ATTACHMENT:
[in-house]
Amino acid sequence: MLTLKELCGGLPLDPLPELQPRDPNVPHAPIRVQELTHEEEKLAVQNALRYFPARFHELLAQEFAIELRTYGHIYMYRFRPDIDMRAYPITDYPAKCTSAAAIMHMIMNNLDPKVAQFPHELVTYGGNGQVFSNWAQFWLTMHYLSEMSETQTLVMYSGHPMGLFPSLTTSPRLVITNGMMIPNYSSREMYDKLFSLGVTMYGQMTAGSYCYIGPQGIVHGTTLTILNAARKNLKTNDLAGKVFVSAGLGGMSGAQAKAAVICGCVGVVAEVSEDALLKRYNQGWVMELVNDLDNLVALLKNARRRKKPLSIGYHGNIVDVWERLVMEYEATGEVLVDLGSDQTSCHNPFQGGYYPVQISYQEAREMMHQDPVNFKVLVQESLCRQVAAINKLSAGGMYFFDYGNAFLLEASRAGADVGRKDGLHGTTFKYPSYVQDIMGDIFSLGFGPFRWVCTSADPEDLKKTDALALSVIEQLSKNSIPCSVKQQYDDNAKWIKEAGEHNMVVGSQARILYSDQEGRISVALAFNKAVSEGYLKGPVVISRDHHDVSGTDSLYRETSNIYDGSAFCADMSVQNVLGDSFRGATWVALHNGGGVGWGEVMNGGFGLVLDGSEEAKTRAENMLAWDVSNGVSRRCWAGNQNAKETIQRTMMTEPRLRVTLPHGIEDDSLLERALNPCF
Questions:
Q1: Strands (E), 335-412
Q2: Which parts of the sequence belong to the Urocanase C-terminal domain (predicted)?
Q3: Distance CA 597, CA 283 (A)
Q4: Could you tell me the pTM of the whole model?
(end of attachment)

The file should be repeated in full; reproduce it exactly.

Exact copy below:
[in-house]
Amino acid sequence: MLTLKELCGGLPLDPLPELQPRDPNVPHAPIRVQELTHEEEKLAVQNALRYFPARFHELLAQEFAIELRTYGHIYMYRFRPDIDMRAYPITDYPAKCTSAAAIMHMIMNNLDPKVAQFPHELVTYGGNGQVFSNWAQFWLTMHYLSEMSETQTLVMYSGHPMGLFPSLTTSPRLVITNGMMIPNYSSREMYDKLFSLGVTMYGQMTAGSYCYIGPQGIVHGTTLTILNAARKNLKTNDLAGKVFVSAGLGGMSGAQAKAAVICGCVGVVAEVSEDALLKRYNQGWVMELVNDLDNLVALLKNARRRKKPLSIGYHGNIVDVWERLVMEYEATGEVLVDLGSDQTSCHNPFQGGYYPVQISYQEAREMMHQDPVNFKVLVQESLCRQVAAINKLSAGGMYFFDYGNAFLLEASRAGADVGRKDGLHGTTFKYPSYVQDIMGDIFSLGFGPFRWVCTSADPEDLKKTDALALSVIEQLSKNSIPCSVKQQYDDNAKWIKEAGEHNMVVGSQARILYSDQEGRISVALAFNKAVSEGYLKGPVVISRDHHDVSGTDSLYRETSNIYDGSAFCADMSVQNVLGDSFRGATWVALHNGGGVGWGEVMNGGFGLVLDGSEEAKTRAENMLAWDVSNGVSRRCWAGNQNAKETIQRTMMTEPRLRVTLPHGIEDDSLLERALNPCF
Questions:
Q1: Strands (E), 335-412
Q2: Which parts of the sequence belong to the Urocanase C-terminal domain (predicted)?
Q3: Distance CA 597, CA 283 (A)
Q4: Could you tell me the pTM of the whole model?